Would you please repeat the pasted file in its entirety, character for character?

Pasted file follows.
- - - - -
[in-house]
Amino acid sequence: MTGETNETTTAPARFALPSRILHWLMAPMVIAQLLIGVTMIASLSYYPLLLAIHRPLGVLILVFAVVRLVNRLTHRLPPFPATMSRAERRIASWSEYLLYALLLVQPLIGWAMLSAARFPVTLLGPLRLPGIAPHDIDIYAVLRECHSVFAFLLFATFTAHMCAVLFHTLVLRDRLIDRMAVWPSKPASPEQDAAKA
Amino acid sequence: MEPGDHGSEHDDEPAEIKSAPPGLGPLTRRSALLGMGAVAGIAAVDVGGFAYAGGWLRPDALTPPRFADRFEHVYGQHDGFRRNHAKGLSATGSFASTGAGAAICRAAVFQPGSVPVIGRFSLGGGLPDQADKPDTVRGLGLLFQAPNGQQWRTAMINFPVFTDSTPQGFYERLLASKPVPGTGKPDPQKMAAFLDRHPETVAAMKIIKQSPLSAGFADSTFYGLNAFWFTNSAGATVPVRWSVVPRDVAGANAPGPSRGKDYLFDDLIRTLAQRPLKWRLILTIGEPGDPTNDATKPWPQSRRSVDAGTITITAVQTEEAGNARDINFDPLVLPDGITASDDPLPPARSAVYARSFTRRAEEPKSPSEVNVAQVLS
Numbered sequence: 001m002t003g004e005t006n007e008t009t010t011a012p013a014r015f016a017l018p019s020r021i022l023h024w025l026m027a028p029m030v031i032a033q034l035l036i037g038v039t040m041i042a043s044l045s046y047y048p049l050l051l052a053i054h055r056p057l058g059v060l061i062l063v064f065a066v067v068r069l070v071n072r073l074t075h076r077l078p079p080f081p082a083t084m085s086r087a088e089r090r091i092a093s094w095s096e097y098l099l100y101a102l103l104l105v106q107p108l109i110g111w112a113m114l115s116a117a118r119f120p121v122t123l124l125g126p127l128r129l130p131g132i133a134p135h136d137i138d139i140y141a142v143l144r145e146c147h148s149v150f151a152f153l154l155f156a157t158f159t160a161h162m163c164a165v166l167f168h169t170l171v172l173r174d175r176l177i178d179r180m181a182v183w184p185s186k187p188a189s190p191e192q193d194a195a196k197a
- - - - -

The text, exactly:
[in-house]
Amino acid sequence: MTGETNETTTAPARFALPSRILHWLMAPMVIAQLLIGVTMIASLSYYPLLLAIHRPLGVLILVFAVVRLVNRLTHRLPPFPATMSRAERRIASWSEYLLYALLLVQPLIGWAMLSAARFPVTLLGPLRLPGIAPHDIDIYAVLRECHSVFAFLLFATFTAHMCAVLFHTLVLRDRLIDRMAVWPSKPASPEQDAAKA
Amino acid sequence: MEPGDHGSEHDDEPAEIKSAPPGLGPLTRRSALLGMGAVAGIAAVDVGGFAYAGGWLRPDALTPPRFADRFEHVYGQHDGFRRNHAKGLSATGSFASTGAGAAICRAAVFQPGSVPVIGRFSLGGGLPDQADKPDTVRGLGLLFQAPNGQQWRTAMINFPVFTDSTPQGFYERLLASKPVPGTGKPDPQKMAAFLDRHPETVAAMKIIKQSPLSAGFADSTFYGLNAFWFTNSAGATVPVRWSVVPRDVAGANAPGPSRGKDYLFDDLIRTLAQRPLKWRLILTIGEPGDPTNDATKPWPQSRRSVDAGTITITAVQTEEAGNARDINFDPLVLPDGITASDDPLPPARSAVYARSFTRRAEEPKSPSEVNVAQVLS
Numbered sequence: 001m002t003g004e005t006n007e008t009t010t011a012p013a014r015f016a017l018p019s020r021i022l023h024w025l026m027a028p029m030v031i032a033q034l035l036i037g038v039t040m041i042a043s044l045s046y047y048p049l050l051l052a053i054h055r056p057l058g059v060l061i062l063v064f065a066v067v068r069l070v071n072r073l074t075h076r077l078p079p080f081p082a083t084m085s086r087a088e089r090r091i092a093s094w095s096e097y098l099l100y101a102l103l104l105v106q107p108l109i110g111w112a113m114l115s116a117a118r119f120p121v122t123l124l125g126p127l128r129l130p131g132i133a134p135h136d137i138d139i140y141a142v143l144r145e146c147h148s149v150f151a152f153l154l155f156a157t158f159t160a161h162m163c164a165v166l167f168h169t170l171v172l173r174d175r176l177i178d179r180m181a182v183w184p185s186k187p188a189s190p191e192q193d194a195a196k197a